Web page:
Ukraine envoy slams Israel for withholding Iron Dome and protective gear


Ukraine on Tuesday criticized Israel for refusing to provide defensive weapons and for not accepting wounded Ukrainian soldiers for rehabilitation.

“While Russia is slaughtering our citizens, the Israeli government remains in its comfort zone and refrains from providing Ukraine with minimal defensive aid,” Ukraine’s Ambassador to Israel Yevgen Korniychuk said during a briefing. a press conference in Tel Aviv.

“We are asking Israel for a defensive tool in the form of an iron dome and similar defensive tools,” Korniychuk continued. “As Israel protects the residents of the Gaza Strip from Hamas fire, we must protect our citizens, women, children and men.

Korniychuk added that Israelis are showing “love and empathy,” but the government’s actions do not match the rhetoric.

The envoy also said that the helmets and body armor sent by Israel in May was only 10% of what Kyiv requested.

Israel has shipped 2,000 helmets and 500 bulletproof vests which the Defense Ministry said would be handed over to relief forces and civilian organizations.

Helmets and bulletproof vests are shipped to Ukraine, May 19, 2022 (Ministry of Defense)

Since Russia invaded Ukraine on February 24, Jerusalem has tried to preserve its ties with Moscow and until recently refused to send defensive equipment to Ukraine, instead sending more than 100 tons of humanitarian aid. and setting up a field hospital in western Ukraine for six weeks. .

Israel’s policy contrasts with that of the United States and many European countries, which have supplied deadly weapons to the Ukrainians. On Monday, British Defense Secretary Ben Wallace announced that Britain would send Kyiv the M270 multiple launch rocket system, which can hit targets 80 kilometers away.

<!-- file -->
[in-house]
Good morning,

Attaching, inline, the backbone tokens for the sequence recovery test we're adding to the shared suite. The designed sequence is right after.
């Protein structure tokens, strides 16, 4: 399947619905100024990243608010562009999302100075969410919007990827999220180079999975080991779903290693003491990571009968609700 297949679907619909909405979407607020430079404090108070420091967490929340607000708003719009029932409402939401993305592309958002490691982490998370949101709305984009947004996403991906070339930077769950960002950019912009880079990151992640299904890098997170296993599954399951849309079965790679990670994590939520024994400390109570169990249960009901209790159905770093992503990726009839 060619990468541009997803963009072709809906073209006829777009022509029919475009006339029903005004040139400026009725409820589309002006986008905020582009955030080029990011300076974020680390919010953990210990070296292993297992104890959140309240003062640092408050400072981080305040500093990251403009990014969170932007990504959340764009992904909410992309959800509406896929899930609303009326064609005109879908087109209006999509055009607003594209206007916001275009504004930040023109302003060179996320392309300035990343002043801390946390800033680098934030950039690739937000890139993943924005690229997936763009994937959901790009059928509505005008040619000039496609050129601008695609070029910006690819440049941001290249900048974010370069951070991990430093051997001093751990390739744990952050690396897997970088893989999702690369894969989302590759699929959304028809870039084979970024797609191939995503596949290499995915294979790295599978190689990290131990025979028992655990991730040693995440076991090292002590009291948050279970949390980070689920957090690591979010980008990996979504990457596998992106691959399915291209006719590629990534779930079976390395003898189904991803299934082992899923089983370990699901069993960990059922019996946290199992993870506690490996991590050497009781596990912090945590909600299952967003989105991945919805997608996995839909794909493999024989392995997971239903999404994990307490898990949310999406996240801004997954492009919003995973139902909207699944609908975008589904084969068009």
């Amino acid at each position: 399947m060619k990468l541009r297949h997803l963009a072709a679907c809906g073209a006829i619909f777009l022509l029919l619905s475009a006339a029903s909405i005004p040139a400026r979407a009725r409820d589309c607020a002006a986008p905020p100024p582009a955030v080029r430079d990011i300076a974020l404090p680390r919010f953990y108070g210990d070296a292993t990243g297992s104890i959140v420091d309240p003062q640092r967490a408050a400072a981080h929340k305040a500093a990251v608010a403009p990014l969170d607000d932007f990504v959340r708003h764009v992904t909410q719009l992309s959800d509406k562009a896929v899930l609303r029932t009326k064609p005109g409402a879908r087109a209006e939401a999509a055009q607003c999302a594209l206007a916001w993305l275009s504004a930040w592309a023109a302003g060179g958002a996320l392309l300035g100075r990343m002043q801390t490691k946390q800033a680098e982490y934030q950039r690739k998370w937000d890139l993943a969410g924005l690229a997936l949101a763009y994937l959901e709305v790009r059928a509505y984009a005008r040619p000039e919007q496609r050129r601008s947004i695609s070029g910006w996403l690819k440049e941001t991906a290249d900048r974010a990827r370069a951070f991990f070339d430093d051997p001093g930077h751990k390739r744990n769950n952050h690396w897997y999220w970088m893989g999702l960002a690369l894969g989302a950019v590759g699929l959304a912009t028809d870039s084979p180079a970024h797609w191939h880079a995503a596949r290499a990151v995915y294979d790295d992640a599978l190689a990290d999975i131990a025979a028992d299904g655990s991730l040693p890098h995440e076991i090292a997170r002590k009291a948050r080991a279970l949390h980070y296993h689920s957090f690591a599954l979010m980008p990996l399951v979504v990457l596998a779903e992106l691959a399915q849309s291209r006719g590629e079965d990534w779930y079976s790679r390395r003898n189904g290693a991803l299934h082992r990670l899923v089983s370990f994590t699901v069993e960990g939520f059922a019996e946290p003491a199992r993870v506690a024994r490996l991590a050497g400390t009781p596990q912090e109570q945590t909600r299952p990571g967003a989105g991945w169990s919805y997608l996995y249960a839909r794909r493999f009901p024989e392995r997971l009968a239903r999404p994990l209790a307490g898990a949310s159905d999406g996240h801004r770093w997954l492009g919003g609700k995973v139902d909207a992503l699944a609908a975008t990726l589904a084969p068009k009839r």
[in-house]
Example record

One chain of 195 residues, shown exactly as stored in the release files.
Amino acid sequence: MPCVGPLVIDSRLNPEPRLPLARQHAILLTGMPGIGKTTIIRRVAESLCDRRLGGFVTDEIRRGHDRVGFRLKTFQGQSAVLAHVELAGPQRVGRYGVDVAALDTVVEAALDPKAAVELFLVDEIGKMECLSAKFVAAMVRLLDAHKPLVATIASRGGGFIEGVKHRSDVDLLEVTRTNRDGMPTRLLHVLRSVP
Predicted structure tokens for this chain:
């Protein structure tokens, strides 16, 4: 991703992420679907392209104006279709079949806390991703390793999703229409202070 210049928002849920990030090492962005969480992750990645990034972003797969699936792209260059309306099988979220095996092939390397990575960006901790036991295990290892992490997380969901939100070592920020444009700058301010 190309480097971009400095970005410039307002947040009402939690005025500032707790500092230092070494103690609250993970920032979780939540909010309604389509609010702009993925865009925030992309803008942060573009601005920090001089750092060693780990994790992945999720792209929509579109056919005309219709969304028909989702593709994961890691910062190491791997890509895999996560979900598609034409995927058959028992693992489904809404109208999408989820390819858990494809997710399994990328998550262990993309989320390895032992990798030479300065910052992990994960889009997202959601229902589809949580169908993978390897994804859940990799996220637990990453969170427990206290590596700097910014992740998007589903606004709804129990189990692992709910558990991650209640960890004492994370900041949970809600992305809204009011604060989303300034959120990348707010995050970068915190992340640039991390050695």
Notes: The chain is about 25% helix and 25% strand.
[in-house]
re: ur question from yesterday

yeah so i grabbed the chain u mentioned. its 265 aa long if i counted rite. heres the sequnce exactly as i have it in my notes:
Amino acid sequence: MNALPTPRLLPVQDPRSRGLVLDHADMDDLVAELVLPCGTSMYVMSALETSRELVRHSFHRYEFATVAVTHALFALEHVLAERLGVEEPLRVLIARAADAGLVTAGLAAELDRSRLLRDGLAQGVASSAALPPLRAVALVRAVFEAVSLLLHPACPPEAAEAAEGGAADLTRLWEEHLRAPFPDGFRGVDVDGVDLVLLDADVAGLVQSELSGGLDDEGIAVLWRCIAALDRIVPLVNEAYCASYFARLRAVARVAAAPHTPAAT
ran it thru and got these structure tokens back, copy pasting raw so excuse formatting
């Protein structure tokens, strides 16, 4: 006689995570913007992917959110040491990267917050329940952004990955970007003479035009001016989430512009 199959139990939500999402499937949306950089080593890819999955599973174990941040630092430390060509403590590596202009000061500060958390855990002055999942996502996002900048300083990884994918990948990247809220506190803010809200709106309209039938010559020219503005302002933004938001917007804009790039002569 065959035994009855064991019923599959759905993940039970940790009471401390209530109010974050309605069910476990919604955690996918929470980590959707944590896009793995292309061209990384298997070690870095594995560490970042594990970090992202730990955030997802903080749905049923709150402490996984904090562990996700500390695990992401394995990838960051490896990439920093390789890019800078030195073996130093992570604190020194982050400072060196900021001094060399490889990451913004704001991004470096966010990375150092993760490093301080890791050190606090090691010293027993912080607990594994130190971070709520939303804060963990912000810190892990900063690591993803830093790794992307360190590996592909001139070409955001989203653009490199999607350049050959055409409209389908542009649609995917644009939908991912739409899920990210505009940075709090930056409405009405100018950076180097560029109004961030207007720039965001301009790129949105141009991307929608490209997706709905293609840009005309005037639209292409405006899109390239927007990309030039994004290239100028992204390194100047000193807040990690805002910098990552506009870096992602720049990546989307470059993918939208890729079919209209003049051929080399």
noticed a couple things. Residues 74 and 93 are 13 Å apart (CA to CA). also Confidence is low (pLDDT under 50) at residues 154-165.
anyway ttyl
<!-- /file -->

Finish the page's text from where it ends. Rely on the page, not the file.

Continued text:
Israel also refuses to help wounded Ukrainian soldiers, Korniychuk said.

“We are asking Israel to accept former soldiers whose limbs have been amputated to fit them with prostheses, and Israel is delaying. There is no more humanitarian aid than that,” he said.

In this photo provided by the Ukrainian Presidential Press Office, Ukrainian President Volodymyr Zelensky, left, listens to a report from a serviceman near the front line in Donetsk region, Ukraine, Sunday, June 5, 2022. ( Ukrainian Presidential Press Office via AP)

“The Israeli government must consider the moral aspect and decide whether it will join the right side like other democracies around the world,” the ambassador said.

After lambasting Israeli policies, Korniychuk made sure to “thank Israeli citizens, businesses and organizations, who have helped Ukraine since day one of the war.”

On the 103rd day of the war, fighting continues to rage around the city of Severodonetsk in southeastern Lugansk Oblast. Russian forces were also pushing into the Zaporizhia region, but the geographic extent of the fighting is a far cry from the first weeks of the war when Moscow tried to take Kyiv and Kharkiv.

Ukrainian servicemen carry the coffin with the remains of army colonel Oleksander Makhachek during his funeral in Zhytomyr, Ukraine, June 3, 2022. According to comrades, Makhachek was killed fighting Russian forces when a shell landed at his position on 30 May. (AP Photo/Natacha Pisarenko)

In May, it was reported that Israeli officials should support sending military aid to Ukraine, albeit at token levels, and always in the hope of keeping the country’s relationship with Russia intact. ; however, there has been no announcement about it.

According to a diplomatic official, Israel will not consider sending offensive weapons or advanced defensive technologies, such as the Iron Dome anti-missile system, but will try to find equipment that can be donated without triggering a crisis with Moscow.

Zelensky and other Ukrainian officials specifically mentioned Iron Dome as the top of their wish list for Israeli defensive equipment.

“Everyone knows your missile defense systems are the best,” he told the Knesset in March. “You can certainly help our people, save the lives of Ukrainians, Ukrainian Jews.”

Sending defensive weapons would mark a sea change in Israel’s approach to warfare, even if it would stop long before the tanks, guns, planes and ammunition sent by the Europeans and Americans.

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